The logic of software defined

A recent conversation with Microsoft revealed a number of questions about where desktop IT could be heading. Logically, it makes sense for Microsoft to use the power of its public cloud to stream Windows desktops to any device. The only prerequisite is that the device has an HTML 5 web browser. It gives people the flexibility to access Windows from anywhere they can get an internet connection. And, according to Microsoft, that connection does not have to be particularly fast. Just 1.0 to 1.5 Mbps should be sufficient.

People no longer run out to buy music on CDs and vinyl because they can get what they want immediately via Spotify. Netflix and other streaming video services mean people don’t need a DVD player or video recorder to watch movies and TV shows. Why should a PC be any different?

The Web has changed everything

On 6th August 1991, British computer scientist, Sir Tim Berners-Lee, launched the very first website. Thirty years on and the web and web-based technologies enable people to connect to an almost limitless resource of information. Thanks to the worldwide Web, people now listen to streamed videos and music, rather than use devices to play physical media.

At its most basic level, a PC is simply a device to run programs. In the olden days, those programs were distributed on floppy disks. Now they are stored on servers and downloaded via the Web. Applications are increasingly designed to take advantage of the huge amount of computational power and storage available in the public cloud. For instance, the fact that SaaS products run in a web browser, shows that a high-end client PC device is not strictly needed to use powerful enterprise software.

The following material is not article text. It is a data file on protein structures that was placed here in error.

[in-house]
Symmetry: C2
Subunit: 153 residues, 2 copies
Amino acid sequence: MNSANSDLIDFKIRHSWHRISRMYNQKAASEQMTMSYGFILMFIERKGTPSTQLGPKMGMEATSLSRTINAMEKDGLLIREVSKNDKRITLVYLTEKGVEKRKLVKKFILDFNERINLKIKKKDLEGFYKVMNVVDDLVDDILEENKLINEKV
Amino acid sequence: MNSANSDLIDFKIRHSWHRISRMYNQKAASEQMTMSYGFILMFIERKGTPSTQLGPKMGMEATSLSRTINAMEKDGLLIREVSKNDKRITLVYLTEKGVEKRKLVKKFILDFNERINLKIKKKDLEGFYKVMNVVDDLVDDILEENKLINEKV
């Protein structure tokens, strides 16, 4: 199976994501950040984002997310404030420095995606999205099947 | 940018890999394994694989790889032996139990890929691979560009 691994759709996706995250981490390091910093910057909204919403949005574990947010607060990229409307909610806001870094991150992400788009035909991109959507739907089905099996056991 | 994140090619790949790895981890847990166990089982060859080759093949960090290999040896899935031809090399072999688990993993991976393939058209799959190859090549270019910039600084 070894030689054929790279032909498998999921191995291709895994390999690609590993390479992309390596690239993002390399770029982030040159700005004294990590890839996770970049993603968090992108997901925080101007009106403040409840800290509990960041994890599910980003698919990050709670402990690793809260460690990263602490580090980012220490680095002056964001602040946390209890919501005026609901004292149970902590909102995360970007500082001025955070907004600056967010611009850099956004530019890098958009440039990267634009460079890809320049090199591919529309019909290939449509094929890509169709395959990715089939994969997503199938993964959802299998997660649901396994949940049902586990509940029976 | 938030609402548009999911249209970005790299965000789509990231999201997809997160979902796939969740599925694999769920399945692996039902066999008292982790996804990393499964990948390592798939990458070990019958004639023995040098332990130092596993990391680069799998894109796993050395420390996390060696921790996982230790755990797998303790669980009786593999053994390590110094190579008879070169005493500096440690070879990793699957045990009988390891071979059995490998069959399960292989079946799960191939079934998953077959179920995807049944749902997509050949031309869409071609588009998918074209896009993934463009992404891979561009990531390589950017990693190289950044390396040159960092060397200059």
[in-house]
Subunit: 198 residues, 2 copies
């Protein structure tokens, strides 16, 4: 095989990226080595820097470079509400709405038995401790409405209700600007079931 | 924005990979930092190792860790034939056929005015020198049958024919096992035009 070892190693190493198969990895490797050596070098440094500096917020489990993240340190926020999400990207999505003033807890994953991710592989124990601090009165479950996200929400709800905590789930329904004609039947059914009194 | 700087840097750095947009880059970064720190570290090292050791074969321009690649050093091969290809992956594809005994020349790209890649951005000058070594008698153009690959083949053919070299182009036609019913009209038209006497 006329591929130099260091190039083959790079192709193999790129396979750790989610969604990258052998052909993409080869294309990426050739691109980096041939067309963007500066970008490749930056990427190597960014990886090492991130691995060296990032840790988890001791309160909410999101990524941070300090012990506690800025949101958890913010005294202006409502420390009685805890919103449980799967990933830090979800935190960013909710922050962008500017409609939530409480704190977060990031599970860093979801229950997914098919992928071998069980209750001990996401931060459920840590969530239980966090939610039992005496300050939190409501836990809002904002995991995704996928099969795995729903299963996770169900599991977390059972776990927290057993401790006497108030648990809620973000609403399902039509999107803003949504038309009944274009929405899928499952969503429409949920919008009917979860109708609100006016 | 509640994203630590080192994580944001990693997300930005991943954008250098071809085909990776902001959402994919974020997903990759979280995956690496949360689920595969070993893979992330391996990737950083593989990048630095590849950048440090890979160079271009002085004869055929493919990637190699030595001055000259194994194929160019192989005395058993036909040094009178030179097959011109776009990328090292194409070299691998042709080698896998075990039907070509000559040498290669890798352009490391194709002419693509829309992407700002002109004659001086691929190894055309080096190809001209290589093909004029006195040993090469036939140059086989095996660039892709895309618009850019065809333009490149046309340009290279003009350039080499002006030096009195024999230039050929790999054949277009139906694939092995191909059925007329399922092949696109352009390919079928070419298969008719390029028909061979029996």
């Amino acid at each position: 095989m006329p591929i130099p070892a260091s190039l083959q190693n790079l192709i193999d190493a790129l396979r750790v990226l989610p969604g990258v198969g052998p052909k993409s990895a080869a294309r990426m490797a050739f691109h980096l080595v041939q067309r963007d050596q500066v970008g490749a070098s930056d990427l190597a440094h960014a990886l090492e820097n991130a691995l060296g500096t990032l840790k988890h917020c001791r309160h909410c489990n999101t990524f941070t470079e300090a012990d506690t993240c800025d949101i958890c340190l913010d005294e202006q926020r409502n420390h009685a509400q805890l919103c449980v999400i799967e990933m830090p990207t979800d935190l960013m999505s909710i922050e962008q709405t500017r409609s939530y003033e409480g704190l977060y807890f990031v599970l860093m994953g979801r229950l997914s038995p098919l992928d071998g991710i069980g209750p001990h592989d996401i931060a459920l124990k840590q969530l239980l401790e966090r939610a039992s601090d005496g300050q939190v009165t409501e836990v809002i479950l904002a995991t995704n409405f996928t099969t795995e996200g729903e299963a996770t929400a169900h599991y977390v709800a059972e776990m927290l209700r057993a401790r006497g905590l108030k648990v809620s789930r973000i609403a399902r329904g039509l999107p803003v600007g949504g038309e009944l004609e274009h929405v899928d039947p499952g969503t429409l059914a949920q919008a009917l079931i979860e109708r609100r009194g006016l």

If someone can get most of their work done using web-based SaaS, do they really need a full blown PC? Streaming a Windows desktop over the Web to a Cloud PC potentially offers the flexibility to have a desktop environment on tap, whenever it is needed, without all the management headaches associated with a physical PC.

From an industry perspective, Microsoft’s Cloud PC offers software developers a guaranteed environment to distribute applications. It is entirely possible to configure the virtual hardware in a way that is optimised to run a single application like video encoding or analytics. A Cloud PC may be able to benefit from high bandwidth virtual networking to connect to storage pools and back-end server applications hosted in the same public cloud. Going forward, third party software providers could host applications on Azure, which are then distributed as preconfigured Cloud PCs.

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